• Time Frame: Baseline up to month 24
    • Chang in serum intact N-terminal propeptide of type I procollagen (P1NP; µg/L) from baseline.=

Participating in This Clinical Trial

Inclusion Criteria

1. Diagnosis of sickle cell disease (Hb SS, Hb SC, Hb S-Beta-thalassemia) 2. Age 3-20 years old Exclusion Criteria:

1. Patient unwilling or unable to provide written informed consent (and assent, if applicable) 2. Patient unable or unwilling to comply with requirements of the clinical trial 3. Participation in another clinical trial 4. Current diagnosis of rickets 5. History of hypercalcemia or diagnosis of any medical condition associated with hypercalcemia, including primary hyperparathyroidism, malignancy, sarcoidosis, tuberculosis, granulomatous disease, familial hypocalciuric hypercalcemia 6. Current use of corticosteroids, excluding inhaled steroids 7. Current use of anticonvulsants (phenytoin, phenobarbital, carbamazepine) 8. Therapy with thiazide diuretics or lithium carbonate 9. Known liver or renal disease 10. Patients taking medications for pulmonary complications of sickle cell disease not on a stable dose of medications, as defined by a change in medications or doses within the three months prior to study entry 11. Patients on chronic red blood cell transfusion therapy

Gender Eligibility: All

Minimum Age: 3 Years

Maximum Age: 20 Years

Are Healthy Volunteers Accepted: No

Investigator Details

  • Lead Sponsor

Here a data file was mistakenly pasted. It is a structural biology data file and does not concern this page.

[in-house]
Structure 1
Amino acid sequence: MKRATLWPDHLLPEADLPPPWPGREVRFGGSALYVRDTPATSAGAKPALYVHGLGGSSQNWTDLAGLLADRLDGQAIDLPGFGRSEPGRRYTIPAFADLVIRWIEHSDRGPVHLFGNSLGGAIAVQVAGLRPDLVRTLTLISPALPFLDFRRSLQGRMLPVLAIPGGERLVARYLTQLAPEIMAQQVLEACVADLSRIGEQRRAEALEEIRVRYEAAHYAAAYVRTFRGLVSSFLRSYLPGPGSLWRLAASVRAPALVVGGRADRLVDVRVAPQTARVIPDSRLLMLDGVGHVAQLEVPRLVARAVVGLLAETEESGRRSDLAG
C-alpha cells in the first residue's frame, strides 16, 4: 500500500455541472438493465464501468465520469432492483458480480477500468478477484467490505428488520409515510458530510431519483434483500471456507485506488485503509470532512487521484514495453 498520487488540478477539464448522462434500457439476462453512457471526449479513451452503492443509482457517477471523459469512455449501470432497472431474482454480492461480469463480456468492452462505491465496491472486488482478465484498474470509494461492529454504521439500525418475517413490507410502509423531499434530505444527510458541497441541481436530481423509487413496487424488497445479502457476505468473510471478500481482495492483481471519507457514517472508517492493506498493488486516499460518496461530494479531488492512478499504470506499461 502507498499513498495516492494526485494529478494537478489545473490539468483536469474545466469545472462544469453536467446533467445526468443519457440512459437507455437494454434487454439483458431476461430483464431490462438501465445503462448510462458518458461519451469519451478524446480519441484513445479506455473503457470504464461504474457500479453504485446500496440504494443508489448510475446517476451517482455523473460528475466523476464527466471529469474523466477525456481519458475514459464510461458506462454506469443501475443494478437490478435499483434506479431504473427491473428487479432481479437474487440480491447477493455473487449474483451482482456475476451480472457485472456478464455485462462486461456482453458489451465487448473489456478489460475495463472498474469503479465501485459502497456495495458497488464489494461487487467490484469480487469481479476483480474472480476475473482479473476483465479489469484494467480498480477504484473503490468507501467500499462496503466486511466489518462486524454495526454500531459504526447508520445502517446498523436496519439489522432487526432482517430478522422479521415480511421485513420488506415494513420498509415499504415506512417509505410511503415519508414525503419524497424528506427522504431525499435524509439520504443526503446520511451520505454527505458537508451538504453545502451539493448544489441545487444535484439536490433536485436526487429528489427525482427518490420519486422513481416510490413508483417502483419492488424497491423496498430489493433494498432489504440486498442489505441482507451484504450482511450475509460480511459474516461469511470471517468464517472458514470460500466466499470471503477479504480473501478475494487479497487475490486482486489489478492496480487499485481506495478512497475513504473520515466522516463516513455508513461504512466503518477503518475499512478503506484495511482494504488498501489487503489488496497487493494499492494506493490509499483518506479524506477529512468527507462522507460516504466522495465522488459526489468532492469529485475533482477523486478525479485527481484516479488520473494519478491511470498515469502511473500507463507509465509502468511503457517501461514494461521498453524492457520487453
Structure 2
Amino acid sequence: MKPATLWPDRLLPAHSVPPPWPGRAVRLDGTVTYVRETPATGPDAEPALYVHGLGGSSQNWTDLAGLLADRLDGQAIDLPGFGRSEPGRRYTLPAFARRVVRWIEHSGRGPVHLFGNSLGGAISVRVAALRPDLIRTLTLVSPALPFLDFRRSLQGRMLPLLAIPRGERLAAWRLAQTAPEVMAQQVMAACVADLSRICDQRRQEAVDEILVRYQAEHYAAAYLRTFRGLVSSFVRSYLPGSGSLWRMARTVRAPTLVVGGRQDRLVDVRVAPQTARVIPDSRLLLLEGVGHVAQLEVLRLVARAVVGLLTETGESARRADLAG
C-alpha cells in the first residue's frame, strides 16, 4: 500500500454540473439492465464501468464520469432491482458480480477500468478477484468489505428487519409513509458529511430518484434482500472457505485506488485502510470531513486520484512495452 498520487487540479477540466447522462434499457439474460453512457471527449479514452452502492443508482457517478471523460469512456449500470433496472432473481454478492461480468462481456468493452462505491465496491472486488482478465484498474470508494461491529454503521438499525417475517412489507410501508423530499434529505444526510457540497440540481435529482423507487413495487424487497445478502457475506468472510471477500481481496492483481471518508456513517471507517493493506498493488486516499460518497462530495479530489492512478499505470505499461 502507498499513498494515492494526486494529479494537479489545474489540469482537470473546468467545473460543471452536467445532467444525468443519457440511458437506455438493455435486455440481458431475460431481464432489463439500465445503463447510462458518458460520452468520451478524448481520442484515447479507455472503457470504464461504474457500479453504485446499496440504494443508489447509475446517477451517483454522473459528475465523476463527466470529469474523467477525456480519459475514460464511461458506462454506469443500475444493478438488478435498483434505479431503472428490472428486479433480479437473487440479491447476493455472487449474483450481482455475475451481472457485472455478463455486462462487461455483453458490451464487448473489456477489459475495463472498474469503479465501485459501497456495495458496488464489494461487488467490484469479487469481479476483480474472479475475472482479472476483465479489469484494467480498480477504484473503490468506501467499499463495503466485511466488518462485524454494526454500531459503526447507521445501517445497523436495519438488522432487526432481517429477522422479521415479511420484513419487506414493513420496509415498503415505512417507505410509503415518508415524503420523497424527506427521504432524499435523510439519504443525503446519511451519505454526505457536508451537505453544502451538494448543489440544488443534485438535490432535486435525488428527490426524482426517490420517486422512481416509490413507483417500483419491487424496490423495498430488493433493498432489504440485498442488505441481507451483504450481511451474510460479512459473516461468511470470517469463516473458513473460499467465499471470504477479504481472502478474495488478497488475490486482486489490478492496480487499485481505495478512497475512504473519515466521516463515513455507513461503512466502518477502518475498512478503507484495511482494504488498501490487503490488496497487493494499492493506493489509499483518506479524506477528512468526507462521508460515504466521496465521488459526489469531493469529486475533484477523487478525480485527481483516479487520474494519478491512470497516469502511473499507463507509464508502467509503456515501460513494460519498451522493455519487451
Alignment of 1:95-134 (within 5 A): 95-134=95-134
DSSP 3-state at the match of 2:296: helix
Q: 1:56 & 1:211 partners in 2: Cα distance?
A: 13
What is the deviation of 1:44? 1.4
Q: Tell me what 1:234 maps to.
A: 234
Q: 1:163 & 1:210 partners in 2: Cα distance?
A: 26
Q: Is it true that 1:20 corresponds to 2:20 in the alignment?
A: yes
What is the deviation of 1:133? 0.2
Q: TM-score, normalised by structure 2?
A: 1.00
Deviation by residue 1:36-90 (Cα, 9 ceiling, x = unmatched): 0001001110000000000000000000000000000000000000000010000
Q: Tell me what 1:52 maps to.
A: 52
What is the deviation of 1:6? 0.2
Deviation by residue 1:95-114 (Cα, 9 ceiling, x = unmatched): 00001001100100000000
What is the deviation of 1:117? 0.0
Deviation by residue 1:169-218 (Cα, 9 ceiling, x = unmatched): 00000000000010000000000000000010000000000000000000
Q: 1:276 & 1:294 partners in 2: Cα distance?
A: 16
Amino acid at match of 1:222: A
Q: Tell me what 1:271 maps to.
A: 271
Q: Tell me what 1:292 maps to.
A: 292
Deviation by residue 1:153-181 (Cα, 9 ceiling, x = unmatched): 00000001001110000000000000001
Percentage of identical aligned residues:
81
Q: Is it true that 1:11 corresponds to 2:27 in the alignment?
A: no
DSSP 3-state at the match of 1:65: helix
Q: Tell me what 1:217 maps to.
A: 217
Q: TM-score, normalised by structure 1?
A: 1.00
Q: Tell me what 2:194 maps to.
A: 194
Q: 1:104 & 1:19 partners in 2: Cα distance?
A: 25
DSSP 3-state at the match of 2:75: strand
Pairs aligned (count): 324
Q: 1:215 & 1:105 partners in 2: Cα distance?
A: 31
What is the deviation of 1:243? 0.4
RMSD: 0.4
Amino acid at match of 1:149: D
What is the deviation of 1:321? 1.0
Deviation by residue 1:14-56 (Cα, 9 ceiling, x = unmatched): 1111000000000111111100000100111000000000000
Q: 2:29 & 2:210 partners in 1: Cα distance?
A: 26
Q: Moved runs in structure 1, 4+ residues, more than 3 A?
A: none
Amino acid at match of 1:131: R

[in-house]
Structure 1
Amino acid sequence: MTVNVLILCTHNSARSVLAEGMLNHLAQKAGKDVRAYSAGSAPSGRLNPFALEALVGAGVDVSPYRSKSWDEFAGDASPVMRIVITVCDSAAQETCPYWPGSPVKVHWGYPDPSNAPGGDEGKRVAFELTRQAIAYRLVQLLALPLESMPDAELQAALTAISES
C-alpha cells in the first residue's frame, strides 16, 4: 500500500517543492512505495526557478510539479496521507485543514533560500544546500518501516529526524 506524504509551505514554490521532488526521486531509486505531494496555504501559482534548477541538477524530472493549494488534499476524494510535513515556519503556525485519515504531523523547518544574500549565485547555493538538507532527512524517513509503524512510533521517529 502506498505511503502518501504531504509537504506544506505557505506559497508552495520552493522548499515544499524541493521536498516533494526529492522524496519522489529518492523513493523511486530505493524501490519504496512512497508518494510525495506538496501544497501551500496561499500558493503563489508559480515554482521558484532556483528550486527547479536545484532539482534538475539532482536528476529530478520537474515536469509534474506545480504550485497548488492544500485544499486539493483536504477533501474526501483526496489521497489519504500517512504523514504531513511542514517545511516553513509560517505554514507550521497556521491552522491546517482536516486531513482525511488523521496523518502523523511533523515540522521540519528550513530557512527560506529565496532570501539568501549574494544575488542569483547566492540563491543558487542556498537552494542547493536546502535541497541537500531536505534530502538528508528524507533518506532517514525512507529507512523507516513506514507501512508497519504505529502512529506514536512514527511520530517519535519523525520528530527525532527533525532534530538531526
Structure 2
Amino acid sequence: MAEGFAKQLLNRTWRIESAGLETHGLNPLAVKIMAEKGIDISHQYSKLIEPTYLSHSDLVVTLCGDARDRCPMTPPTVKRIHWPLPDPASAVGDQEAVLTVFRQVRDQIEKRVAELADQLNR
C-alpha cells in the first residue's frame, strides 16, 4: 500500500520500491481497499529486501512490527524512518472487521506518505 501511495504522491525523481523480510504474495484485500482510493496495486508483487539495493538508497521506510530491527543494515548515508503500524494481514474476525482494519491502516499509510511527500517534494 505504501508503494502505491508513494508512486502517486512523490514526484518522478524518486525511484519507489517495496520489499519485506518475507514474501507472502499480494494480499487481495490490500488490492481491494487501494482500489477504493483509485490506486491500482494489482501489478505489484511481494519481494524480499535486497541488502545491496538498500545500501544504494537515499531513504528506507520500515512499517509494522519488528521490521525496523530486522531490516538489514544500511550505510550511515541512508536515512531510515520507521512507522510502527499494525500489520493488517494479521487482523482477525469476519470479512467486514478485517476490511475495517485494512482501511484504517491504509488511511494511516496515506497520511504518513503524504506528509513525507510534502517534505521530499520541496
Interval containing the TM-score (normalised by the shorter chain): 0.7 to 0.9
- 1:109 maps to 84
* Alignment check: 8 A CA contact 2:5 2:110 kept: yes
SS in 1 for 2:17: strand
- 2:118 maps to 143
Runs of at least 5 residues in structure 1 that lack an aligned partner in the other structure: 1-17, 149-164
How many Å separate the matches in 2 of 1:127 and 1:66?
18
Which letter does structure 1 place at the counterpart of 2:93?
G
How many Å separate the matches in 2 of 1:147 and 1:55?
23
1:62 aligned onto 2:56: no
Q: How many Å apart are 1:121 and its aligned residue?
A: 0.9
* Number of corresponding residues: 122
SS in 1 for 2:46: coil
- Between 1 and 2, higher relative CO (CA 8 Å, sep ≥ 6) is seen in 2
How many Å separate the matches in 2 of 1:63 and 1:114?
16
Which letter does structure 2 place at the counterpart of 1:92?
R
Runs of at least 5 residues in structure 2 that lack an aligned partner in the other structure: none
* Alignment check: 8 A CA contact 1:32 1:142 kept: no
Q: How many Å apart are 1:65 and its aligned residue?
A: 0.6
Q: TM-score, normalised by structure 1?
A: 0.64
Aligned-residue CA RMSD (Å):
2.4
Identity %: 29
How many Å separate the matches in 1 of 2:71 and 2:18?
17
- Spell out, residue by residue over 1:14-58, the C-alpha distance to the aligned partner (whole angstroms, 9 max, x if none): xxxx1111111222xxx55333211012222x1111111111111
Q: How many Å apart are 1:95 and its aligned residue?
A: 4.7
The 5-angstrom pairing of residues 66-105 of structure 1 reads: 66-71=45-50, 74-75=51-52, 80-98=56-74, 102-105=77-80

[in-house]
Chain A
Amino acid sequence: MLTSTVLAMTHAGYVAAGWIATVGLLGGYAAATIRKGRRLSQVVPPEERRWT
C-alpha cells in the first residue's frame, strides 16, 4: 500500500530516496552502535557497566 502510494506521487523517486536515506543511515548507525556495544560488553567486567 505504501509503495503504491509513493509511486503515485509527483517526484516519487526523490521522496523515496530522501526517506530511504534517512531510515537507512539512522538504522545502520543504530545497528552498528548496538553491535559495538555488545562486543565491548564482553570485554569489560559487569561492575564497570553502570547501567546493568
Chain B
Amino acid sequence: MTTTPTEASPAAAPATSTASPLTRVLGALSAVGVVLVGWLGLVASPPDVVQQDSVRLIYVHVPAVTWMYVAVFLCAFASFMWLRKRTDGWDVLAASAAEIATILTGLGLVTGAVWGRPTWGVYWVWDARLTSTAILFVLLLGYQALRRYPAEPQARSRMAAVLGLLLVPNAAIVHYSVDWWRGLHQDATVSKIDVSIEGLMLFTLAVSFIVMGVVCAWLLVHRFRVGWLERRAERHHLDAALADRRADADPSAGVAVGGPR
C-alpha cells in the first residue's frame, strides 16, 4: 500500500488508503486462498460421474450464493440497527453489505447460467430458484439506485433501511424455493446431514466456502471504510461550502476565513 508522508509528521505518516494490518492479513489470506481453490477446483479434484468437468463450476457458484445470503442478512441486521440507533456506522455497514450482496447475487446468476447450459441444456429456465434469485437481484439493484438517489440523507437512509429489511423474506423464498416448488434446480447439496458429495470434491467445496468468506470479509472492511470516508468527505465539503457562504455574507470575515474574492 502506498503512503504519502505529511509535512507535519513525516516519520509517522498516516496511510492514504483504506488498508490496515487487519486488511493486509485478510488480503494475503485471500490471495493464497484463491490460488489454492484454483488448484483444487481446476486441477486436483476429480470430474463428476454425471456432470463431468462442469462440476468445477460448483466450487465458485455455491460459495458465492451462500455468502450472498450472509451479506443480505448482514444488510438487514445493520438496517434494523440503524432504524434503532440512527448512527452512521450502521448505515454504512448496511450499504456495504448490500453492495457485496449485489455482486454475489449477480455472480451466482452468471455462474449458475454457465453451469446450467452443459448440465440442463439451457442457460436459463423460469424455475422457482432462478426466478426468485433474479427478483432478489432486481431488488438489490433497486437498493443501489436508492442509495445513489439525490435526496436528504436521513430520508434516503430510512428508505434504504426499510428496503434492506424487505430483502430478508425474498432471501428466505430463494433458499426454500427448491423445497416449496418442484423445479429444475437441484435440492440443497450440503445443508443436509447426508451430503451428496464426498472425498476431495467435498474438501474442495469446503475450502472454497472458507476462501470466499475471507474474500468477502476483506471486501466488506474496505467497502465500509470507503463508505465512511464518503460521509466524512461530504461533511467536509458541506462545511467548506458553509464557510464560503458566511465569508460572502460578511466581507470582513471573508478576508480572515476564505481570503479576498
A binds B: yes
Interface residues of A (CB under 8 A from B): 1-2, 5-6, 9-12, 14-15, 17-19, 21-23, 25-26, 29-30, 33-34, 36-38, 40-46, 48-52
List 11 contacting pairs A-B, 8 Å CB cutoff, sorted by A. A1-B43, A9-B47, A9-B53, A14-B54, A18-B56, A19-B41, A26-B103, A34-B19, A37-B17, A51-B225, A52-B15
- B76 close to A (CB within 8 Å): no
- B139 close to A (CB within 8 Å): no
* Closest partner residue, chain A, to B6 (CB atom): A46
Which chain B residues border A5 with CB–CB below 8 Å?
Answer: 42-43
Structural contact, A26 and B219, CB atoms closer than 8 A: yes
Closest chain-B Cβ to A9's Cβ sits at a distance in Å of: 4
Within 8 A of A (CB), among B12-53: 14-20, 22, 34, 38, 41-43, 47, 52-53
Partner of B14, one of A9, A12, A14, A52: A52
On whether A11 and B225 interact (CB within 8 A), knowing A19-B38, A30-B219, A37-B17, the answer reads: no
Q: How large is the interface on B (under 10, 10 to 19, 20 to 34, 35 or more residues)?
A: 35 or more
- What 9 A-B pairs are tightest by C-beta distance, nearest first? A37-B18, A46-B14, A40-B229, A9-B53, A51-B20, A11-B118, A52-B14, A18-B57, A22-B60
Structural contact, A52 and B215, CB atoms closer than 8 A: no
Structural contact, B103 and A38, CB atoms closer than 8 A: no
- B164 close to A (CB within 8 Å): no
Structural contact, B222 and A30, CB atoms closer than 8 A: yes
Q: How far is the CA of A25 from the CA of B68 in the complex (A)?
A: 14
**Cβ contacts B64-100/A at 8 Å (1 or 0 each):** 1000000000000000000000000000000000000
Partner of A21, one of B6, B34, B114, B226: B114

• Gary M Brittenham, MD
  • Provider of Information About this Clinical Study
    • Sponsor-Investigator: Gary M Brittenham, MD, James A. Wolff Professor of Pediatrics and Professor of Medicine – Columbia University
  • Overall Official(s)
    • Gary M Brittenham, MD, Principal Investigator, Columbia University
    • Margaret T Lee, MD, Principal Investigator, Columbia University
  • Overall Contact(s)
    • Gary M Brittenham, MD, 212 305 7005, gmb31@cumc.columbia.edu

References

Lee MT, Kattan M, Fennoy I, Arpadi SM, Miller RL, Cremers S, McMahon DJ, Nieves JW, Brittenham GM. Randomized phase 2 trial of monthly vitamin D to prevent respiratory complications in children with sickle cell disease. Blood Adv. 2018 May 8;2(9):969-978. doi: 10.1182/bloodadvances.2017013979.

Williams KM, Lee MT, Licursi M, Brittenham GM, Fennoy I. Response to Long-term Vitamin D Therapy for Bone Disease in Children With Sickle Cell Disease. J Pediatr Hematol Oncol. 2018 Aug;40(6):458-461. doi: 10.1097/MPH.0000000000001155.